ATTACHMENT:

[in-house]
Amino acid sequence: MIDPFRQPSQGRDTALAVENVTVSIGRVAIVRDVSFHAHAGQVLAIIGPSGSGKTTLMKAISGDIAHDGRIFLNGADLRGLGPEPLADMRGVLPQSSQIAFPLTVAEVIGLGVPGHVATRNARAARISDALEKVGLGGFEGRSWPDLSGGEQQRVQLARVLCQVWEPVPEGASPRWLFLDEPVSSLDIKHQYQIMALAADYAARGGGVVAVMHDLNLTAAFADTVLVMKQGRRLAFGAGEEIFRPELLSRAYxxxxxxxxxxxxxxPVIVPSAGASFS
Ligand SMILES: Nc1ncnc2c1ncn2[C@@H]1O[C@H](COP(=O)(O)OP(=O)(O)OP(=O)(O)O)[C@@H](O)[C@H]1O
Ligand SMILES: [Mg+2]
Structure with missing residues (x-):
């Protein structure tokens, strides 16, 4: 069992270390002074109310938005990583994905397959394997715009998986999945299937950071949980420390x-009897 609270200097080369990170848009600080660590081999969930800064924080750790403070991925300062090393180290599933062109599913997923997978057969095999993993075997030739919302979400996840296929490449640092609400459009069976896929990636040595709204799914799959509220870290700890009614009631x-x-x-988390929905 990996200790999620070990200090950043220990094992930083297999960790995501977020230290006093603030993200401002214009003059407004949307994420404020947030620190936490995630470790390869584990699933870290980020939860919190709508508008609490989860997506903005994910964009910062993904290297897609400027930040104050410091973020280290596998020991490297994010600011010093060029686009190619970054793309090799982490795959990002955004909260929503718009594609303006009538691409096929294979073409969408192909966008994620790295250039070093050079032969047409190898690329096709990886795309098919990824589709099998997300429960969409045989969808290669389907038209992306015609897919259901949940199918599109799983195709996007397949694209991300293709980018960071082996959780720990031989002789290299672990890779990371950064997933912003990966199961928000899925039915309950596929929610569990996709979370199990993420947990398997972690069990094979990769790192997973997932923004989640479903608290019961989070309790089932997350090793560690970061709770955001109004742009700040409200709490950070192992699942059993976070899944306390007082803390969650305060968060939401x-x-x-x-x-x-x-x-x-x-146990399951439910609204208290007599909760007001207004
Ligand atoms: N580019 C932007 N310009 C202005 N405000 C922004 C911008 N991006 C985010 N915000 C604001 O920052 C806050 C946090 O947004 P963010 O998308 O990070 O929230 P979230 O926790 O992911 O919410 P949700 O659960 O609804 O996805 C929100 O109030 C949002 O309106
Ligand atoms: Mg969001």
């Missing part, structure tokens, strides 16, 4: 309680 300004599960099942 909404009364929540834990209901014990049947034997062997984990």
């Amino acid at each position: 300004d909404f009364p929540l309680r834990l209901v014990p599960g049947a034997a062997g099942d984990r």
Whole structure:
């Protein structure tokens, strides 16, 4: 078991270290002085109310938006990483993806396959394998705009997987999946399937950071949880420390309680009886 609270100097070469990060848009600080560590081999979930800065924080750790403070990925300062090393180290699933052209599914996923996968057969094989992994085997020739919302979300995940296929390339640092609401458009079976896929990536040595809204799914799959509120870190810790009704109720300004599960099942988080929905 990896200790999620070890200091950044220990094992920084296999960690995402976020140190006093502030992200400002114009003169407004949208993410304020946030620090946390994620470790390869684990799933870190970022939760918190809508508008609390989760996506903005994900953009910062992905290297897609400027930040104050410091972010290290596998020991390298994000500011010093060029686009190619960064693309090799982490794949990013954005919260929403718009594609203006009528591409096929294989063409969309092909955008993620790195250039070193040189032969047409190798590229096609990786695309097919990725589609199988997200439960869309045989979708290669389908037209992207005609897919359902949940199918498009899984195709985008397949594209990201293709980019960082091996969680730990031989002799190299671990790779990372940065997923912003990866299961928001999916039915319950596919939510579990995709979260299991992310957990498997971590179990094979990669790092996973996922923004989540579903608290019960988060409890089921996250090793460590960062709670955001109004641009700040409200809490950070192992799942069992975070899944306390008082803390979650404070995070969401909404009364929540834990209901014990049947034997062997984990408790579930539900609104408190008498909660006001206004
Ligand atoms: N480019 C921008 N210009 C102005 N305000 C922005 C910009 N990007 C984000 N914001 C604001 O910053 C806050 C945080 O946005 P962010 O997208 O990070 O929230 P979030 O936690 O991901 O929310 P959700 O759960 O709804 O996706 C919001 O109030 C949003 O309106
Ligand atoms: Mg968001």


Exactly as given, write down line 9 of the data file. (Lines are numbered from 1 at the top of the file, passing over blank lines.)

């Missing part, structure tokens, strides 16, 4: 309680 300004599960099942 909404009364929540834990209901014990049947034997062997984990």